Associated Press

AP Top News at 2:08 a.m. EST

US government shuts down; Dems, GOP blame each other
WASHINGTON (AP) - The federal government shut down at the stroke of midnight Friday, halting all but the most essential operations and marring the one-year anniversary of President Donald Trump's inauguration in a striking display of Washington dysfunction. Last-minute negotiations crumbled as Senate Democrats blocked a four-week stopgap extension in a late-night vote, causing the fourth government shutdown in a quarter century. Behind the scenes, however, leading Republicans and Democrats were trying to work out a compromise to avert a lengthy shutdown. Congress scheduled an unusual Saturday session to begin considering a three-week version of the short-term spending measure - and to broadcast that they were at work as the shutdown commences.


The Latest: Schumer says Trump 'backed off' deal
Senate Minority Leader Chuck Schumer is accusing President Donald Trump of reneging on a deal he thought they had neared on immigration and spending. The New York Democrat said on the Senate floor that after a White House meeting Friday with Trump, he thought "in my heart" that senators could complete an agreement by evening. He says he "reluctantly" offered concessions on Trump's long-sought border wall with Mexico in exchange for strong protections for young immigrants. Schumer says Trump didn't try selling the accord to congressional Republican leaders, who wouldn't accept it. Schumer says Trump "backed off at the first sign of pressure." Schumer says of Trump: "It's almost as if you were rooting for a shutdown.


Church conservatives question pope's airborne nuptials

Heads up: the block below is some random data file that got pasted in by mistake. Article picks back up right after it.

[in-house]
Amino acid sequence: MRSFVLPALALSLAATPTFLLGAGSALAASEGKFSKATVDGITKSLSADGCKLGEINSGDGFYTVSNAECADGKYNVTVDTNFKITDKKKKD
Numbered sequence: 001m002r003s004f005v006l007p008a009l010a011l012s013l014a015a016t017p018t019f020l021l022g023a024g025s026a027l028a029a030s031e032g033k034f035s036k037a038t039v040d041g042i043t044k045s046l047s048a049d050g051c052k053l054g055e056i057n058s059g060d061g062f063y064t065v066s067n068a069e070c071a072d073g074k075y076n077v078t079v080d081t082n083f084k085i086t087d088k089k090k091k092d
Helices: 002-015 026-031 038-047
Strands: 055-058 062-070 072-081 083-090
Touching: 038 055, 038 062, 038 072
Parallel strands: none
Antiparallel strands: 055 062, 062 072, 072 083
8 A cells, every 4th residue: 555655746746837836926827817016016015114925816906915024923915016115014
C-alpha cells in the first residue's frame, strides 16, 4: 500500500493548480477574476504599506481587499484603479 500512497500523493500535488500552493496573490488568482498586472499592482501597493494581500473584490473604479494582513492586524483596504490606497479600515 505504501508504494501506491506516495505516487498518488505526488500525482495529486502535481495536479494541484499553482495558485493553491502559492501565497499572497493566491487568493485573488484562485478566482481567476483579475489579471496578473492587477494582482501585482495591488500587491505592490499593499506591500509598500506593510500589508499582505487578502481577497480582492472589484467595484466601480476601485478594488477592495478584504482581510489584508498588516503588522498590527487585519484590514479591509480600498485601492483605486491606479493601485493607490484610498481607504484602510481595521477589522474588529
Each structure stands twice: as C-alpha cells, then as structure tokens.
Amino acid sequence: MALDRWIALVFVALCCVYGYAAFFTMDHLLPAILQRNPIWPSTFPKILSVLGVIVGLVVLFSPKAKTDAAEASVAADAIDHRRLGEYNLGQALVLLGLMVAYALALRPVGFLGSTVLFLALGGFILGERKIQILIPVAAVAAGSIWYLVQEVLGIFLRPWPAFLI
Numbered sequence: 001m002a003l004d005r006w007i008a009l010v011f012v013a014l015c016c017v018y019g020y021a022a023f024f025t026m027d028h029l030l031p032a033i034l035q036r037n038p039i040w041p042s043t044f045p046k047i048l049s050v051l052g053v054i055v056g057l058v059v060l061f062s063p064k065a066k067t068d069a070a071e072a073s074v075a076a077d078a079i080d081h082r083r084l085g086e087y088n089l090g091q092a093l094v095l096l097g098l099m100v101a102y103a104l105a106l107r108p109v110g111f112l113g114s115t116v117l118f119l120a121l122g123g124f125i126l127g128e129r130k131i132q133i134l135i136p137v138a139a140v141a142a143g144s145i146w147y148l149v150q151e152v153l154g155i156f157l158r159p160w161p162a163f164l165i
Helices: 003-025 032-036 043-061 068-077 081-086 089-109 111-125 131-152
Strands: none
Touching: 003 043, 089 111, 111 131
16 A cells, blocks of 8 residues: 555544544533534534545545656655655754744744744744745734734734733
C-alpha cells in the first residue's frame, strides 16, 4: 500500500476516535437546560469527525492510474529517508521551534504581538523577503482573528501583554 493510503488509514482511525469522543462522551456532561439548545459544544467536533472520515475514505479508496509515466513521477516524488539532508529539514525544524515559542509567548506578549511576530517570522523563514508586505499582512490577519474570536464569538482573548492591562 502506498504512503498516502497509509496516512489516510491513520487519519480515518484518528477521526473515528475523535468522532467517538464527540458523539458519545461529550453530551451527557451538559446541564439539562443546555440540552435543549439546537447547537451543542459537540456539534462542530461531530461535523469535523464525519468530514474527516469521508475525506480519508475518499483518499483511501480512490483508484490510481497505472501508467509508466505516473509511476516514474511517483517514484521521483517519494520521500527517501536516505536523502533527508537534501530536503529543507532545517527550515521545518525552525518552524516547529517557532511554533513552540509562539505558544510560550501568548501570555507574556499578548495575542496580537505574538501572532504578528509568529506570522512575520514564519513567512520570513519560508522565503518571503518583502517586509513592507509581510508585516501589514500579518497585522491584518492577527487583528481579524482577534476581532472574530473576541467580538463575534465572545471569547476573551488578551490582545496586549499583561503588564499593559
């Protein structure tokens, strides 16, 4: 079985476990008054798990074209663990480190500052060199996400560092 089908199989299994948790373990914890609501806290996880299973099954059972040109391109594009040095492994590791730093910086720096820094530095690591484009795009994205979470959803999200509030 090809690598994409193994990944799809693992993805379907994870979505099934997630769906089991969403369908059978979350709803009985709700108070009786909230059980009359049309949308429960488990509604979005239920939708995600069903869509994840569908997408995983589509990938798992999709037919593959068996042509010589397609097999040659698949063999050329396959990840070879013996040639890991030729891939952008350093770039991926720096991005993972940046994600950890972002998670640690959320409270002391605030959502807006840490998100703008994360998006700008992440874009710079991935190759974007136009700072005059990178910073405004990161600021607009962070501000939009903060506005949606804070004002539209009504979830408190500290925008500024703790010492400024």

LIMA, Peru (AP) - The honeymoon, as it were, is apparently over. A day after Pope Francis grabbed headlines by pronouncing two flight attendants man and wife while flying 36,000 feet over Chile, the conservative Catholic commentariat on Friday questioned the legitimacy of the impromptu sacrament and warned it could cheapen the church's marriage preparation down the line. "Do you know what's a 'marriage' ripe for annulment?" tweeted the traditionalist blog Rorate Caeli. "One celebrated apparently on a whim in an airplane whose celebrant cannot even be sure if parties are validly baptized." For those who missed the news, Francis on Thursday presided over what the Vatican said was the doctrinally and canonically legitimate wedding of Paula Podest and Carlos Ciuffardi, two flight attendants from LATAM flight 1250 that brought the pope, his delegation and travelling press from Santiago to the northern city of Iquique.


Watch Top News Video




Manson follower Leslie Van Houten denied parole by governor
LOS ANGELES (AP) - The governor of California once again denied parole Friday for Leslie Van Houten, the youngest follower of murderous cult leader Charles Manson who blamed herself at her parole hearing for letting him control her life. Gov. Jerry Brown said in his decision that Van Houten still lays too much of the blame on Manson, who died two months ago at 83. Brown acknowledged that Van Houten's youth at the time of the crime, her more than four decades as a model prisoner and her abuse at the hands of Manson make it worth considering her release. "However," he wrote in his decision "these factors are outweighed by negative factors that demonstrate she remains unsuitable for parole." The 68-year-old Van Houten is serving life for the murders of wealthy grocer Leno LaBianca and his wife, Rosemary, when Van Houten was 19.


AP Explains: Congress has shut down the govt. Now what?